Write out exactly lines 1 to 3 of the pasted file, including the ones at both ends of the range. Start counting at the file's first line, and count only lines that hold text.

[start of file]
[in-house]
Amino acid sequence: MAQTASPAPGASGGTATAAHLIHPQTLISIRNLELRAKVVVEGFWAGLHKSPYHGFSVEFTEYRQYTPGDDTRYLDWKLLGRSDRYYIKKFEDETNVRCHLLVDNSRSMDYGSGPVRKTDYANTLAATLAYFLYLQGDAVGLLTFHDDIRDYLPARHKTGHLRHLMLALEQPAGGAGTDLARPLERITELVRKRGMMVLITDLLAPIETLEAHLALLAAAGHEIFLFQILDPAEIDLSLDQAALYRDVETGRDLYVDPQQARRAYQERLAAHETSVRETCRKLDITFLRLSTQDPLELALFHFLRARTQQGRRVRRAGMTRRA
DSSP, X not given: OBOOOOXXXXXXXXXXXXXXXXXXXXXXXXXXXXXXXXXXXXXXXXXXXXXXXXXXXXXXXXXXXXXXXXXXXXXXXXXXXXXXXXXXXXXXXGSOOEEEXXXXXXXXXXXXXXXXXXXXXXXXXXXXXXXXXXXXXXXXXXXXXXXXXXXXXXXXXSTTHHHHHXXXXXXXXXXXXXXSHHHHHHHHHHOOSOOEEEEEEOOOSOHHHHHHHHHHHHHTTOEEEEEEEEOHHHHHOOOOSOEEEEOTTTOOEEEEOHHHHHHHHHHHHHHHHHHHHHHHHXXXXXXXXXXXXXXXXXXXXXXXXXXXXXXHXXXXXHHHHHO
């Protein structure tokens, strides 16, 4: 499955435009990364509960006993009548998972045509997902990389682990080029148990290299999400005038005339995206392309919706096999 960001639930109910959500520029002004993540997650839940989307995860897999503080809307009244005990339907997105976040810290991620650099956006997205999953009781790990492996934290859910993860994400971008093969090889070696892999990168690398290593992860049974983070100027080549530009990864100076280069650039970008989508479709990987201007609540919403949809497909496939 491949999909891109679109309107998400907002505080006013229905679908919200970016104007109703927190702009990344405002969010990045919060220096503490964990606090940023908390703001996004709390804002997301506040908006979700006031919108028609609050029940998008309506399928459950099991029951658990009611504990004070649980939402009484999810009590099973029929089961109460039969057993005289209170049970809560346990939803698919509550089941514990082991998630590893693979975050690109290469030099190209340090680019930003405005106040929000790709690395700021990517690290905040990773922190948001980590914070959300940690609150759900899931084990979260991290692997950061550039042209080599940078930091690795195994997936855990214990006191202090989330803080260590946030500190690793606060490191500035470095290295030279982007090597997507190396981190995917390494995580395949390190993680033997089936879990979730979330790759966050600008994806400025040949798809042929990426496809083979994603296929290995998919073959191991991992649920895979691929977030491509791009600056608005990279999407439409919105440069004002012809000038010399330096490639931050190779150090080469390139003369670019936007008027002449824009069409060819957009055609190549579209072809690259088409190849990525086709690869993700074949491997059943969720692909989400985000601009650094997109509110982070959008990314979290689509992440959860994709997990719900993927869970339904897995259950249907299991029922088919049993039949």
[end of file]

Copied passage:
[in-house]
Amino acid sequence: MAQTASPAPGASGGTATAAHLIHPQTLISIRNLELRAKVVVEGFWAGLHKSPYHGFSVEFTEYRQYTPGDDTRYLDWKLLGRSDRYYIKKFEDETNVRCHLLVDNSRSMDYGSGPVRKTDYANTLAATLAYFLYLQGDAVGLLTFHDDIRDYLPARHKTGHLRHLMLALEQPAGGAGTDLARPLERITELVRKRGMMVLITDLLAPIETLEAHLALLAAAGHEIFLFQILDPAEIDLSLDQAALYRDVETGRDLYVDPQQARRAYQERLAAHETSVRETCRKLDITFLRLSTQDPLELALFHFLRARTQQGRRVRRAGMTRRA
DSSP, X not given: OBOOOOXXXXXXXXXXXXXXXXXXXXXXXXXXXXXXXXXXXXXXXXXXXXXXXXXXXXXXXXXXXXXXXXXXXXXXXXXXXXXXXXXXXXXXXGSOOEEEXXXXXXXXXXXXXXXXXXXXXXXXXXXXXXXXXXXXXXXXXXXXXXXXXXXXXXXXXSTTHHHHHXXXXXXXXXXXXXXSHHHHHHHHHHOOSOOEEEEEEOOOSOHHHHHHHHHHHHHTTOEEEEEEEEOHHHHHOOOOSOEEEEOTTTOOEEEEOHHHHHHHHHHHHHHHHHHHHHHHHXXXXXXXXXXXXXXXXXXXXXXXXXXXXXXHXXXXXHHHHHO